Monthly Archive:: June 2009

Pardon Our Dust

Many viewers reported being redirected to another website, apparently one hosted by our service provider on the same server as CarseatBlog.  I was notified yesterday that the blog and forums at Car-Seat.Org are in the process of being moved to a new server, as the old one was apparently having some issues.  Though the process should have been invisible, there have been some issues.  I am told the main issue has now been resolved.  Hopefully by tomorrow, June 25th, everything will be back to normal.  Sorry for the inconvenience.  I hope you enjoyed the other website whose lines got crossed with ours.  Whatever it was, perhaps it was more exciting than CarseatBlog;-)

Combi Coccoro Review: Small Cars and Three Across

Combi designed the Coccoro especially to fit in rear-facing and/or with multiple seats in smaller vehicles. It seems they did a good job. I was able to compare the Coccoro with the narrow Radian and the Britax Roundabout which has similar height and weight requirements and a comparable price.

Fit to child

The Coccoro is designed to fit babies 5-33 lbs rear-facing and 20-40 lbs forward-facing. It fit my 19.5” 8 lb infant very well with the infant padding (required until 15 lbs, allowed until 20). The infant padding is very substantial and changes the whole inside shape of the seat making it fit small babies very well–It actually fit better than some infant seats I have tried and the harness slots are plenty low. The Coccoro also fit my 30 lb toddler very well rear- and forward-facing. My 5 yr old, 45# and 44”, was only less than ½ in over the top slots even though she exceeds the height and weight requirements.It has more height for rear-facing than the Roundabout due to the deep seat, but takes up much less room when used reclined to 45°. I think it would get the average child to at least 30#s rear-facing and to the full 40#s forward-facing. The straps are very smooth and not twisty. The harness pads work even on a newborn, and the padding under the buckle is very nice and looks quite comfy. The seat has deep sides that would seem to provide great SIP without head wings.It has slightly less rear-facing leg room than a Roundabout because of the deep sides, but my toddler didn’t seem to care.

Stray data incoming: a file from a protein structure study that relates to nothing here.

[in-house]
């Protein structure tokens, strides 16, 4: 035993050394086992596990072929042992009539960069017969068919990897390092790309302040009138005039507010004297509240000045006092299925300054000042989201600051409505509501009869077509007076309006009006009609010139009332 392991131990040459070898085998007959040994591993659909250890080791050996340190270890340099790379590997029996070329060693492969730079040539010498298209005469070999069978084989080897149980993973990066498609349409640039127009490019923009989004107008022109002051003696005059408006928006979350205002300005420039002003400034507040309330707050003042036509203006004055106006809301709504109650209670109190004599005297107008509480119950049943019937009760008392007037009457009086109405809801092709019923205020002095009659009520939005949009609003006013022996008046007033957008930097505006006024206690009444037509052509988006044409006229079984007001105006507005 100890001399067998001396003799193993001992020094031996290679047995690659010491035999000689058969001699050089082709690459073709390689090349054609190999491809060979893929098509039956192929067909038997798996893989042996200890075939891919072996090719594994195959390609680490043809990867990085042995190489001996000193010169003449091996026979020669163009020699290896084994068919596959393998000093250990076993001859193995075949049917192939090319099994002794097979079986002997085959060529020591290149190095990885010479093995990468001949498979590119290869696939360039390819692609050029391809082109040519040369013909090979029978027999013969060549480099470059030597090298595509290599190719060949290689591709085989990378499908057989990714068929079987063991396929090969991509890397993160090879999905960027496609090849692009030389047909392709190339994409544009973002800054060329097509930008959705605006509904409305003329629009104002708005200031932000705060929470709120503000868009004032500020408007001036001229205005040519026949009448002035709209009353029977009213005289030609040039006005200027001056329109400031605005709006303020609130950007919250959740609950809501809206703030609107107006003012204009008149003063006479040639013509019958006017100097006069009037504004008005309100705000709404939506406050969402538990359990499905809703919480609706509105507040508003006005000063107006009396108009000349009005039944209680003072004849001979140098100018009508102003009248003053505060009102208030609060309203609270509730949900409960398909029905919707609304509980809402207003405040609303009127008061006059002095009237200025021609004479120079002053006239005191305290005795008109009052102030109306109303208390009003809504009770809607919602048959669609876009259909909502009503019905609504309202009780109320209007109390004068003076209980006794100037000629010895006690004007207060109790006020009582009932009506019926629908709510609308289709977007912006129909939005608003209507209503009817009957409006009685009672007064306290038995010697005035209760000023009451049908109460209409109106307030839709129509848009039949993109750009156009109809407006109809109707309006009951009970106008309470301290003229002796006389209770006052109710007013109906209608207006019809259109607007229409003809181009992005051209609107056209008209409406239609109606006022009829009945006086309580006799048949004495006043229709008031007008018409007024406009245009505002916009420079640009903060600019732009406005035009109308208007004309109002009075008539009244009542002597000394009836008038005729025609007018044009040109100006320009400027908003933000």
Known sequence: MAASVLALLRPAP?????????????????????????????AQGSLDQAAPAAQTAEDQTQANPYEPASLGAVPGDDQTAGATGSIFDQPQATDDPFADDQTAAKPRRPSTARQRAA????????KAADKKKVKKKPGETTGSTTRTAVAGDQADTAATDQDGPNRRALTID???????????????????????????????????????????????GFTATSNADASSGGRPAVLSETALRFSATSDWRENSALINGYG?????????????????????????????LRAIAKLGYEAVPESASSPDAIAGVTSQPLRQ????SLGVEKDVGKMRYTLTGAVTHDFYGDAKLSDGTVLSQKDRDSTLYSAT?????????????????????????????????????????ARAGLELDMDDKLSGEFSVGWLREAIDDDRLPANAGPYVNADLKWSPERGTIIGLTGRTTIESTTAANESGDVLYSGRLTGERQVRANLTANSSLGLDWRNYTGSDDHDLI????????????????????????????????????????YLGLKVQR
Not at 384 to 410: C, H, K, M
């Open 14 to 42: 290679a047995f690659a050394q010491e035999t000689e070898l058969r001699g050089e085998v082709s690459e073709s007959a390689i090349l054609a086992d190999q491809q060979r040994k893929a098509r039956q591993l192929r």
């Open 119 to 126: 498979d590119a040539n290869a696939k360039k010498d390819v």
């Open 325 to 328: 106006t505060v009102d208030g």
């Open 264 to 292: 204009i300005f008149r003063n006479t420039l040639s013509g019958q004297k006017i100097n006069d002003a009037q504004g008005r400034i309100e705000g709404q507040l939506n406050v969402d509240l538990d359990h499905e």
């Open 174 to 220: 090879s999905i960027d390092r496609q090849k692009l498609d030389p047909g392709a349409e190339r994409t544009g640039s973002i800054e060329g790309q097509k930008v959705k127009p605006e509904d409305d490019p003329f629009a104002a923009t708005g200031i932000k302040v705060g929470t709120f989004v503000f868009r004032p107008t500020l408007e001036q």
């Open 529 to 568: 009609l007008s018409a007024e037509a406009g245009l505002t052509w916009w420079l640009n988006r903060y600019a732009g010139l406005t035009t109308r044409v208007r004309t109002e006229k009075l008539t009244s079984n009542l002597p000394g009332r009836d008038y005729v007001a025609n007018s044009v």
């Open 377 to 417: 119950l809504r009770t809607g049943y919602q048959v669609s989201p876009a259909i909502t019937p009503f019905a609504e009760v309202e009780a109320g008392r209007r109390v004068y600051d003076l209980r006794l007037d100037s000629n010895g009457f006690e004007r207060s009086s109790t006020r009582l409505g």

Too Many Car Seats: The View from a Spouse’s Eyes

Sometimes I feel for my dh.  It’s got to be hard for him to always be tripping those size 12s over a booster seat here, a harnessed car seat there.  I try to keep them out of the way, but our house has no storage.  All of my unused and expired seats are in my ds’s walk-in closet (’cause yeah, like he uses it for clothing ;) ); there are about 6 seats and parts of boosters in there. 

I waited patiently for dh to come home from work the other day and change out of his suit.  I was truly afraid the UPS delivery, in combination with the box I already had, would send him over the edge, but he seemed to handle it well, no?

Unclear on The Concept: The Pickup Line

So what’s a beautiful soccer mom like you doing in a minivan like this?…” 

No, not that kind of pickup line.  My son is attending a morning summer school camp.  Like many kids there, he has attended it for years.  For the last couple years, it’s been held at a local elementary school in a residential neighborhood.   The traffic pattern is not unusual.  There is a dropoff/pickup line stretching down the street leading to a right turn into the pickup zone and parking lot.  The pickup lane is clearly painted on the street with a dividing line, a lane marker and also on signs every 50 feet or so.  There are also conditional “No Parking” signs everywhere, though of course they have times on them that correspond to the elementary school pickup and dropoff times, not the times of the summer camp.  The camp sent a map with the packet of materials, clearly showing the traffic pattern and what not to do.

Some people didn’t look at the map. Fair enough.  Many looked at it, but decided they know better.  Typical.  Others may be attending for the first time and decided they would just figure it out on their own, I guess.  Most, I think, are just completely clueless.

A Better Way to Find Info in CR Instruction Manuals?

We just completed a certification class here last week and after a particular homework assignment (yes, I’m the mean instructor that gives homework every night), I had a bright idea.  

First of all, the homework assignment on day 2 was to take home a CR instruction manual and try to find information on:

Crash Replacement

Lifespan/Expiration of CR

Does CR manufacturer allow anything to be placed under the CR to protect the vehicle’s upholstery?

The next morning we went over our findings.  To be honest, I wasn’t surprised by the response.  Many of the students were unable to find all this information even though it’s likely that it was somewhere in the manual.  The problem is that this info is frequently buried and even if you’re specifically looking for it – you might not be able to find it easily.